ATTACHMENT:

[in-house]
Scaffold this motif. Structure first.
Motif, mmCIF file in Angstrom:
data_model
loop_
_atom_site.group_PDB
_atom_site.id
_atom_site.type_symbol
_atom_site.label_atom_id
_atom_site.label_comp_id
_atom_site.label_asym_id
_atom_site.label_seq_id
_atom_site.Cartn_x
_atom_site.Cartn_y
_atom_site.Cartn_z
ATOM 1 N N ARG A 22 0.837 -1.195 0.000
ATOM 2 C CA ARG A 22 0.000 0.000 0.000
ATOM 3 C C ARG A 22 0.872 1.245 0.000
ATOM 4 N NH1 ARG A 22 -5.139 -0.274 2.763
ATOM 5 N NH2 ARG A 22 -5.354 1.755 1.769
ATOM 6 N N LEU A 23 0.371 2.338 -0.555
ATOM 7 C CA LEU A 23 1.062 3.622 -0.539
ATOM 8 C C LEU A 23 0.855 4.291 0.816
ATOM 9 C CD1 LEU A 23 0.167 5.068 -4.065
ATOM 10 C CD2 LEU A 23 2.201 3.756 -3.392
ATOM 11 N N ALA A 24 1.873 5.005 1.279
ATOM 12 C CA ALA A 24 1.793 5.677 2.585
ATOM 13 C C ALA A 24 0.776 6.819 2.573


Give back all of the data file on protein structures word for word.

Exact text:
[in-house]
Scaffold this motif. Structure first.
Motif, mmCIF file in Angstrom:
data_model
loop_
_atom_site.group_PDB
_atom_site.id
_atom_site.type_symbol
_atom_site.label_atom_id
_atom_site.label_comp_id
_atom_site.label_asym_id
_atom_site.label_seq_id
_atom_site.Cartn_x
_atom_site.Cartn_y
_atom_site.Cartn_z
ATOM 1 N N ARG A 22 0.837 -1.195 0.000
ATOM 2 C CA ARG A 22 0.000 0.000 0.000
ATOM 3 C C ARG A 22 0.872 1.245 0.000
ATOM 4 N NH1 ARG A 22 -5.139 -0.274 2.763
ATOM 5 N NH2 ARG A 22 -5.354 1.755 1.769
ATOM 6 N N LEU A 23 0.371 2.338 -0.555
ATOM 7 C CA LEU A 23 1.062 3.622 -0.539
ATOM 8 C C LEU A 23 0.855 4.291 0.816
ATOM 9 C CD1 LEU A 23 0.167 5.068 -4.065
ATOM 10 C CD2 LEU A 23 2.201 3.756 -3.392
ATOM 11 N N ALA A 24 1.873 5.005 1.279
ATOM 12 C CA ALA A 24 1.793 5.677 2.585
ATOM 13 C C ALA A 24 0.776 6.819 2.573